What Can I Afford?

Before you start looking at property to purchase, make sure you have been pre-qualified. Getting pre-qualified before you start looking will assist you in knowing: 1) just what price range of homes you have the best chance of being approved for; 2) will show the Seller you are serious about purchasing property and have the means to do so, and 3) will speed up the closing process.

Getting pre-qualified only takes a few minutes and can be done online, over the telephone or in person with a lender. Typically, you will first get “Pre-Qualified” for a mortgage and then “Pre-Approved.” Get a list of preferred mortgage lenders.

Pre-Qualification is an informal decision by a lender stating the amount or the mortgage you can afford based on what you tell them. They will give you a “Pre-Qualification” letter to give to your REALTOR® to be used in negotiations when you choose a property to purchase

Pre-Approval is a guarantee in writing by a lender to grant you a loan up to a specified amount. Pre-Approval comes after you have provided verification of funds, employment, etc.

Mortgage Calculator

You can use the Loan Payment Calculator to find your monthly principle + interest, your monthly taxes, your monthly insurance, and your total payment.

DISCLAIMER: The information found in these calculators are to be used as a guide and is deemed reliable but not guaranteed. Please schedule an appointment today to find out more information about your loan.

5 Factors That Determine Your Credit Score

Credit scores range between 200 and 800, with scores above 620 considered desirable for obtaining a mortgage. The following factors affect your score:

Did you pay your credit card obligations on time? If they were late, then how late? Bankruptcy filing, liens, and collection activity also impact your history.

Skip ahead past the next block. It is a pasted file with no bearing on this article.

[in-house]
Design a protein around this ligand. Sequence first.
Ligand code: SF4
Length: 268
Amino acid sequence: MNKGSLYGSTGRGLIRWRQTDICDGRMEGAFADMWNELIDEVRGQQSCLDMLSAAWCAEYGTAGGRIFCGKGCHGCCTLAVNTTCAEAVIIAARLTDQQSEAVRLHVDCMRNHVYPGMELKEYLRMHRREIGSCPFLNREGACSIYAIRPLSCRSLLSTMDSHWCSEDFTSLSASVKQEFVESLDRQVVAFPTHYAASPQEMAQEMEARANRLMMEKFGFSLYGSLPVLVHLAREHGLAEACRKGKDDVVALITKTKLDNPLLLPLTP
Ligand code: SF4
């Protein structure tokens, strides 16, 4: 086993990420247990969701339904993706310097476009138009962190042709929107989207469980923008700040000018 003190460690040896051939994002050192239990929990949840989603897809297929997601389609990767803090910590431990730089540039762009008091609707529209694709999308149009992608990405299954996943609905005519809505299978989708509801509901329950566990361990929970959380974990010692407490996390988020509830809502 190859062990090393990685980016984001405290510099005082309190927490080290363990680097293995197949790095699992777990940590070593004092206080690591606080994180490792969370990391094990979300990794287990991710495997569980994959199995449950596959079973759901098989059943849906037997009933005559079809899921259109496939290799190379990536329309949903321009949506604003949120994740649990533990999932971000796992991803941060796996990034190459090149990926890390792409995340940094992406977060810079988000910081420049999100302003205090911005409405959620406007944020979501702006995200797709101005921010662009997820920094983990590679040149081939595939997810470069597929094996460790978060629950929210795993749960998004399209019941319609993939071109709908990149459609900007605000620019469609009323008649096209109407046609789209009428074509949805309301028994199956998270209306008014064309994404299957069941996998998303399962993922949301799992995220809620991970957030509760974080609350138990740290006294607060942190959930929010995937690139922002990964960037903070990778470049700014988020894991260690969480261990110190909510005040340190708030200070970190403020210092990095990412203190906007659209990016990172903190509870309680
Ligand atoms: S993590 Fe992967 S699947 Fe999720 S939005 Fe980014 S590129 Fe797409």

If you owe a great deal of money on numerous accounts, it can indicate that you are overextended. However, it’s a good thing if you have a good proportion of balances to total credit limits.

In general, the longer you have had accounts opened, the better. The average consumer's oldest obligation is 14 years old, indicating that he or she has been managing credit for some time, according to Fair Isaac Corp., and only one in 20 consumers have credit histories shorter than 2 years.

New credit, either installment payments or new credit cards, are considered more risky, even if you pay them promptly.

Generally, it’s desirable to have more than one type of credit — installment loans, credit cards, and a mortgage, for example.

For more on evaluating and understanding your credit score, visit

Reprinted from REALTOR® magazine ( © 2008.

How to Obtain Your Credit Score

All lenders are going to verify your credit history and your credit score. Therefore, it is a good idea for you to check your own credit rating, even though you have excellent credit. This allows you to be aware of any concerns or issues you might not have known about. Identifying and correcting any credit blemishes can improve your credit rating and make you eligible for preferred rates from lenders and insurers.

The Fair Credit Reporting Act allows you to obtain one free credit report from each of the three major reporting bureaus every 12 months. To obtain a report, go online to You can obtain your report for free. If you do not have access to the internet, you can call 877-322-8228.











Items Needed For a Credit Application


  • Addresses for two full years
  • Gross monthly income
  • W-2s, if available
  • Proof of pensions, retirement, disability or Social Security
  • Proof of income from rentals, investments, etc.
  • Proof of child support or alimony paid/received
  • Year to date pay stub


  • Two years 1040 Tax Returns
  • Current year profit and loss statement


  • Each creditor’s name, address, and type of account
  • Account numbers
  • Monthly payments and approximate balances
  • Amount of childcare expenses


  • Names and addresses of saving institutions
  • Account number for all accounts
  • Type of accounts and present balances


  • List of assets in stocks, bonds, land
  • Life insurance cash value (documented if used as cash down payment)
  • If applicant is selling a home, a copy of sales contracts
  • Social Security number for all parties
  • Veterans – Certificate of Eligibility & DD-214
  • Cash or check to pay for application fee

10 Questions to Ask Your Lender